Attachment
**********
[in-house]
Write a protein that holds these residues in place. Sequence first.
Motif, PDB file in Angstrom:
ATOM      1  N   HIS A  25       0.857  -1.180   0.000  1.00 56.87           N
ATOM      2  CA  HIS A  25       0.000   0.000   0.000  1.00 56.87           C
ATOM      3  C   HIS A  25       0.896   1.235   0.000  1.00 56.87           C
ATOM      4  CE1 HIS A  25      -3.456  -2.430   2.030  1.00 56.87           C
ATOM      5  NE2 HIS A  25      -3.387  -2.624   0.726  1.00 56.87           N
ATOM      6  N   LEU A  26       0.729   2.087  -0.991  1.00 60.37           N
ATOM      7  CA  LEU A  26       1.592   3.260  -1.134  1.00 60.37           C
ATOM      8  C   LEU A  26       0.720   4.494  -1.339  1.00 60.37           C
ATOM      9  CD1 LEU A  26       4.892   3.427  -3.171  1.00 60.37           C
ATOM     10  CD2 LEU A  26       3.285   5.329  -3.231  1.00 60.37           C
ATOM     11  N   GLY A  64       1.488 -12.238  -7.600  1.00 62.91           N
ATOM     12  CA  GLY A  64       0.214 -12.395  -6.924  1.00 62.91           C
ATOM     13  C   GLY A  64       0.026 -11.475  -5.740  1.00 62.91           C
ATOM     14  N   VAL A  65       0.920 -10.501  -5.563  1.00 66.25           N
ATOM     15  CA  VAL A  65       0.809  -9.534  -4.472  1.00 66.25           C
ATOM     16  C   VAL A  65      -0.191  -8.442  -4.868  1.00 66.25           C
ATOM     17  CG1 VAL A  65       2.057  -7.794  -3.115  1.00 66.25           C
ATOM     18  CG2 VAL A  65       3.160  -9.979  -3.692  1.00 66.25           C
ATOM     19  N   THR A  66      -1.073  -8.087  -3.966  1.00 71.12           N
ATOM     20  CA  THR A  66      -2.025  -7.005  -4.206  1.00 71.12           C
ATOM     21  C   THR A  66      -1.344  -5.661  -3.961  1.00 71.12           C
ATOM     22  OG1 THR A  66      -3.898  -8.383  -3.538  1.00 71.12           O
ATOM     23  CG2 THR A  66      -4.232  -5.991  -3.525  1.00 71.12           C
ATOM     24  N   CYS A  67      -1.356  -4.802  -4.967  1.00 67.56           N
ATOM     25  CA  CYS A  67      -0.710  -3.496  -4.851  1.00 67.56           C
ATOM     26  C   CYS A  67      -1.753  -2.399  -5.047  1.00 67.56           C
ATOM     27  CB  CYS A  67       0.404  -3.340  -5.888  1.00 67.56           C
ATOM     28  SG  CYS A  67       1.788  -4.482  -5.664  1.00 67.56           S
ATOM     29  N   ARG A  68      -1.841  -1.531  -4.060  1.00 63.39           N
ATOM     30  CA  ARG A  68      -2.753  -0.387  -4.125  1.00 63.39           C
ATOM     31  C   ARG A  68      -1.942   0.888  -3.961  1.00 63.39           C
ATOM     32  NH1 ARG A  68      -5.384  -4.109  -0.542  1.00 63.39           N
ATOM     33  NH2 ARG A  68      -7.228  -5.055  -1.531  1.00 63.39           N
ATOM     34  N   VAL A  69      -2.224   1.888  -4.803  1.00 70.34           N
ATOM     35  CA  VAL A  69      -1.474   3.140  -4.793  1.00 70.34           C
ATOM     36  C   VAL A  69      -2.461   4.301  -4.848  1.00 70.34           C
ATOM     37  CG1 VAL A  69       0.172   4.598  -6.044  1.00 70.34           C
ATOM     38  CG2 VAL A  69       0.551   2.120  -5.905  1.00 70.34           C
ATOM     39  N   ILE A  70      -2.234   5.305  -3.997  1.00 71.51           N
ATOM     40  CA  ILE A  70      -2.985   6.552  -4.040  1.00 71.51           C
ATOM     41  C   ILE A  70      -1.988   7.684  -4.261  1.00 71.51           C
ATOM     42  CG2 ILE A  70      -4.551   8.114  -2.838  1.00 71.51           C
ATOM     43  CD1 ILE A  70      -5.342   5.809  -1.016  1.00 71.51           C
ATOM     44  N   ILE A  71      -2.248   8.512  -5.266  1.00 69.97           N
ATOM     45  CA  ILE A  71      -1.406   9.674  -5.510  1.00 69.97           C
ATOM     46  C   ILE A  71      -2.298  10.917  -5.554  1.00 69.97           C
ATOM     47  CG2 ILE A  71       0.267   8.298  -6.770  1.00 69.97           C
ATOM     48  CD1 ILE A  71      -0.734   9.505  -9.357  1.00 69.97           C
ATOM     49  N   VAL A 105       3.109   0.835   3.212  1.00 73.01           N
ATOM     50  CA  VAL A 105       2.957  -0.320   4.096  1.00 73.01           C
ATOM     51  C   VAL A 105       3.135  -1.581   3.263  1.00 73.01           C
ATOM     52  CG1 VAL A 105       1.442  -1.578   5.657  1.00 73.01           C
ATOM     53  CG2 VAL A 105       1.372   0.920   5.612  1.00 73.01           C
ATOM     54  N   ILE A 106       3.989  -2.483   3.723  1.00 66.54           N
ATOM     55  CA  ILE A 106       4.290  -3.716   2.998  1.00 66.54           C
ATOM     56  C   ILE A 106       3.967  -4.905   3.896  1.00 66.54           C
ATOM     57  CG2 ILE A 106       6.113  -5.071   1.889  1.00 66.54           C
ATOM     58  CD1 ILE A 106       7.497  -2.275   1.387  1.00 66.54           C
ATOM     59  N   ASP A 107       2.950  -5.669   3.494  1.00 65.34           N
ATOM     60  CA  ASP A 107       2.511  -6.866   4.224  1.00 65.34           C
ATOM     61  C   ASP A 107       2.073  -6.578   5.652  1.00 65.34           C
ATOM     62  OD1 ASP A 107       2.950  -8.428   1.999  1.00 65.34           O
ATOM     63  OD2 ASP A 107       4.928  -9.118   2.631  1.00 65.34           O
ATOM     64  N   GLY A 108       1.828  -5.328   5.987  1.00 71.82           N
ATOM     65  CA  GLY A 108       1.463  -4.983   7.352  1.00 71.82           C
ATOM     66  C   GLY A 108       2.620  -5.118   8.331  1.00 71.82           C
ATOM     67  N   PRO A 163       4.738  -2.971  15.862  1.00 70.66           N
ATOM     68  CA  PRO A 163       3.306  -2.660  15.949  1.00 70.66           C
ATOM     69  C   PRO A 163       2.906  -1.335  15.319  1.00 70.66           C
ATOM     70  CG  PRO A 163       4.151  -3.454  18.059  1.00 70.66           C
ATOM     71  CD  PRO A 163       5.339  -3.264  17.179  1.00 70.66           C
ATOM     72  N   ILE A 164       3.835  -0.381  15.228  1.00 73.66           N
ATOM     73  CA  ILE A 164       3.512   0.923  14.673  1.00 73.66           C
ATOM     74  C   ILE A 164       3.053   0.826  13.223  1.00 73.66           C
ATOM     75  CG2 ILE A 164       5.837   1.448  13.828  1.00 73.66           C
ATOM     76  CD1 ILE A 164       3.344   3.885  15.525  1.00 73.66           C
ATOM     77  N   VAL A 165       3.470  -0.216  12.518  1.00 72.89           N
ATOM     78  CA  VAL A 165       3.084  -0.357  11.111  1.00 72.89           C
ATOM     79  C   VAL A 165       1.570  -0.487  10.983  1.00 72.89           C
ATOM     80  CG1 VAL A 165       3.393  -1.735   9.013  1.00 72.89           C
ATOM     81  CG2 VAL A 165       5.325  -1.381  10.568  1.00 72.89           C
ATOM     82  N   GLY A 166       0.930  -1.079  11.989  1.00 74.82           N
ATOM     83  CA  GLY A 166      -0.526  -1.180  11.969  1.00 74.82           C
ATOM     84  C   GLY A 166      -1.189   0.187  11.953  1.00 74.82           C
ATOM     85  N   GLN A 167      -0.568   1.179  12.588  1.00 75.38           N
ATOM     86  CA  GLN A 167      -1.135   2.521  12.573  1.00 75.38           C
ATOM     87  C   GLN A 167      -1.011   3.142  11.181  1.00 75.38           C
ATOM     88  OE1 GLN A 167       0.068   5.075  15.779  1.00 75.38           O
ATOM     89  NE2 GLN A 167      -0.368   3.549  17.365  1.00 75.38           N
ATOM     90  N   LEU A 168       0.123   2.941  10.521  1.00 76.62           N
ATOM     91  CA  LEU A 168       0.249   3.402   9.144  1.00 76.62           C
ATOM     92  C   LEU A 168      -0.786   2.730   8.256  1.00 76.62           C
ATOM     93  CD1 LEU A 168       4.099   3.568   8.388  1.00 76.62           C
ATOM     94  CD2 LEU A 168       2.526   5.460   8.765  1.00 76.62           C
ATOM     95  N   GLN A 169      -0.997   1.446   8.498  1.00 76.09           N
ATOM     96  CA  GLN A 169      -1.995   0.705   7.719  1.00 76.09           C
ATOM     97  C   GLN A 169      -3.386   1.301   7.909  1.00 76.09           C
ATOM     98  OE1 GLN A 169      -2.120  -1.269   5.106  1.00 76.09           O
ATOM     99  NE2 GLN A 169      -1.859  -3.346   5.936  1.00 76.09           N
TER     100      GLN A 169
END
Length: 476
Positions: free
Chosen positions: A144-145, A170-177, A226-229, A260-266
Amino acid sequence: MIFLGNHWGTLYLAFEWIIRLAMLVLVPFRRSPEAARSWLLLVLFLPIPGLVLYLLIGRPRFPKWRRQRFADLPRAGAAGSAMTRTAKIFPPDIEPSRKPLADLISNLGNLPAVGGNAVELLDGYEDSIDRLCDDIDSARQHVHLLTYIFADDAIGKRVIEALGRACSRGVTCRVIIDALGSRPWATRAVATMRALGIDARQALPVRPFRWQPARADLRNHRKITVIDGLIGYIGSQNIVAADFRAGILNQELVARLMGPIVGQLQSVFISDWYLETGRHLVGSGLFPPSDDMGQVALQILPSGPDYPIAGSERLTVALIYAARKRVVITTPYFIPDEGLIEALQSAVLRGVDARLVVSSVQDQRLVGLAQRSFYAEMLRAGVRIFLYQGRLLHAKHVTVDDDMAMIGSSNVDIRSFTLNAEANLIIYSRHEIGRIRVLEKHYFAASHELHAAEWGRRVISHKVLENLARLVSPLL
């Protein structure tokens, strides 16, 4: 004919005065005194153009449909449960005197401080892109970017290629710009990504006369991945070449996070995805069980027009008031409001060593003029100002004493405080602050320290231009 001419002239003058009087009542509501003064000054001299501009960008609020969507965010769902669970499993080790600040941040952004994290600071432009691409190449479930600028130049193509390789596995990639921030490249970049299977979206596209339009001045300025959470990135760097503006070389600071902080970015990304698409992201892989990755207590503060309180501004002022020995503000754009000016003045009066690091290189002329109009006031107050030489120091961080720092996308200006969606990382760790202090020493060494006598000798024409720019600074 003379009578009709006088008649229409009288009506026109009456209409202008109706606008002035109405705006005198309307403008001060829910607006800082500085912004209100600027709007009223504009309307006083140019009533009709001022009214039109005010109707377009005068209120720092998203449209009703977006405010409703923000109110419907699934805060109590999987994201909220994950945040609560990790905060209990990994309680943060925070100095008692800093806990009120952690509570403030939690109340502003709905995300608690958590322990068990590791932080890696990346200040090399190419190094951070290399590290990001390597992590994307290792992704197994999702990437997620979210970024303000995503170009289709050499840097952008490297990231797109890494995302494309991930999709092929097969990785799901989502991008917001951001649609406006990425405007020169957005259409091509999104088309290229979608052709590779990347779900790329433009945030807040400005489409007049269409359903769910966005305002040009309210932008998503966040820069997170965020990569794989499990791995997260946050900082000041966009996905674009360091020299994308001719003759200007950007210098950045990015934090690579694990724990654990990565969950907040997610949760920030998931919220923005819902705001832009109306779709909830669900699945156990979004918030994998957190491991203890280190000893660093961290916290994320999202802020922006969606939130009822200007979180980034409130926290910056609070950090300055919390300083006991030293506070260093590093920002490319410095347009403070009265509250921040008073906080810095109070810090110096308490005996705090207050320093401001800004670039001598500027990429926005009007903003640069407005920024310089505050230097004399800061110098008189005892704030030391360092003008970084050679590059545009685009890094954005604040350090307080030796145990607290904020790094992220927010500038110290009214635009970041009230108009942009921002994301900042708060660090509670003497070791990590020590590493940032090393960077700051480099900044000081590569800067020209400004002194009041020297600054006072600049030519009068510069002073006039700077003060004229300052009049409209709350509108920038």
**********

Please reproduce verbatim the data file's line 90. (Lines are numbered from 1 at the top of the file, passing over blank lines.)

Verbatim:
ATOM     87  C   GLN A 167      -1.011   3.142  11.181  1.00 75.38           C